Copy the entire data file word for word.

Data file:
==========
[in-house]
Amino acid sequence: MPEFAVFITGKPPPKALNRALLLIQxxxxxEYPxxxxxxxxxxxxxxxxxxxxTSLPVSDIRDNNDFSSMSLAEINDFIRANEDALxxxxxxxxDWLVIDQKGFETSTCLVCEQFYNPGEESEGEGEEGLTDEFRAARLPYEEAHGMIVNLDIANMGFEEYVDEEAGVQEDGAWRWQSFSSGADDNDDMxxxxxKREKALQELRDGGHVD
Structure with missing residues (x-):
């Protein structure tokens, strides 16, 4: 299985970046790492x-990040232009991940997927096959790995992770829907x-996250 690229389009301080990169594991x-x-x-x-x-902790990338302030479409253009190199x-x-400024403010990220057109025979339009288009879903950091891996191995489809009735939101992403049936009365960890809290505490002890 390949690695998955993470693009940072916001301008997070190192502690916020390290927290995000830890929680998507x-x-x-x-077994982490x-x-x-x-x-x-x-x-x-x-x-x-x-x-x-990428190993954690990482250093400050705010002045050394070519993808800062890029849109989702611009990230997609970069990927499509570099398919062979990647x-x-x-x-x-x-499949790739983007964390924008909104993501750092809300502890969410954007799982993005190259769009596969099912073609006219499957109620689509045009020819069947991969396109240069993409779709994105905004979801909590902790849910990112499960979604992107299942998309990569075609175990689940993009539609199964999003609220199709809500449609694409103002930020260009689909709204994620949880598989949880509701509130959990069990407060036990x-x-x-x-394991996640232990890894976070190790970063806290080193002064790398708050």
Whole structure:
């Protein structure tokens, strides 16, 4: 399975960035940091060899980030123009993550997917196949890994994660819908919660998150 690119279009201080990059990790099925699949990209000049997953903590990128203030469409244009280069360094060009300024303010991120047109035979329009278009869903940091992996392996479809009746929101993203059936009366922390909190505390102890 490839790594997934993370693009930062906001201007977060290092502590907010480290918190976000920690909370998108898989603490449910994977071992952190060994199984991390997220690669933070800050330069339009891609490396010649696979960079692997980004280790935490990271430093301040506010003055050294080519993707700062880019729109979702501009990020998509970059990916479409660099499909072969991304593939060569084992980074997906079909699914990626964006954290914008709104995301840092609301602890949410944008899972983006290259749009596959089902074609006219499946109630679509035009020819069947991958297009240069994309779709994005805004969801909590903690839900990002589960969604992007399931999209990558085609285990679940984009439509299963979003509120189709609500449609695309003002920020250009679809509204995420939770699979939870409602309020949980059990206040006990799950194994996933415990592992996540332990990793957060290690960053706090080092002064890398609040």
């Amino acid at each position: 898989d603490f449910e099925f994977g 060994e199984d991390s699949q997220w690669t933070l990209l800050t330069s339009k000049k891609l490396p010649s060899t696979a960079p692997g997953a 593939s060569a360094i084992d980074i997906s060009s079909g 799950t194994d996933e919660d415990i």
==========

[in-house]
Amino acid sequence: MPEFAVFITGKPPPKALNRALLLIQxxxxxEYPxxxxxxxxxxxxxxxxxxxxTSLPVSDIRDNNDFSSMSLAEINDFIRANEDALxxxxxxxxDWLVIDQKGFETSTCLVCEQFYNPGEESEGEGEEGLTDEFRAARLPYEEAHGMIVNLDIANMGFEEYVDEEAGVQEDGAWRWQSFSSGADDNDDMxxxxxKREKALQELRDGGHVD
Structure with missing residues (x-):
């Protein structure tokens, strides 16, 4: 299985970046790492x-990040232009991940997927096959790995992770829907x-996250 690229389009301080990169594991x-x-x-x-x-902790990338302030479409253009190199x-x-400024403010990220057109025979339009288009879903950091891996191995489809009735939101992403049936009365960890809290505490002890 390949690695998955993470693009940072916001301008997070190192502690916020390290927290995000830890929680998507x-x-x-x-077994982490x-x-x-x-x-x-x-x-x-x-x-x-x-x-x-990428190993954690990482250093400050705010002045050394070519993808800062890029849109989702611009990230997609970069990927499509570099398919062979990647x-x-x-x-x-x-499949790739983007964390924008909104993501750092809300502890969410954007799982993005190259769009596969099912073609006219499957109620689509045009020819069947991969396109240069993409779709994105905004979801909590902790849910990112499960979604992107299942998309990569075609175990689940993009539609199964999003609220199709809500449609694409103002930020260009689909709204994620949880598989949880509701509130959990069990407060036990x-x-x-x-394991996640232990890894976070190790970063806290080193002064790398708050």
Whole structure:
């Protein structure tokens, strides 16, 4: 399975960035940091060899980030123009993550997917196949890994994660819908919660998150 690119279009201080990059990790099925699949990209000049997953903590990128203030469409244009280069360094060009300024303010991120047109035979329009278009869903940091992996392996479809009746929101993203059936009366922390909190505390102890 490839790594997934993370693009930062906001201007977060290092502590907010480290918190976000920690909370998108898989603490449910994977071992952190060994199984991390997220690669933070800050330069339009891609490396010649696979960079692997980004280790935490990271430093301040506010003055050294080519993707700062880019729109979702501009990020998509970059990916479409660099499909072969991304593939060569084992980074997906079909699914990626964006954290914008709104995301840092609301602890949410944008899972983006290259749009596959089902074609006219499946109630679509035009020819069947991958297009240069994309779709994005805004969801909590903690839900990002589960969604992007399931999209990558085609285990679940984009439509299963979003509120189709609500449609695309003002920020250009679809509204995420939770699979939870409602309020949980059990206040006990799950194994996933415990592992996540332990990793957060290690960053706090080092002064890398609040």
């Amino acid at each position: 898989d603490f449910e099925f994977g 060994e199984d991390s699949q997220w690669t933070l990209l800050t330069s339009k000049k891609l490396p010649s060899t696979a960079p692997g997953a 593939s060569a360094i084992d980074i997906s060009s079909g 799950t194994d996933e919660d415990i």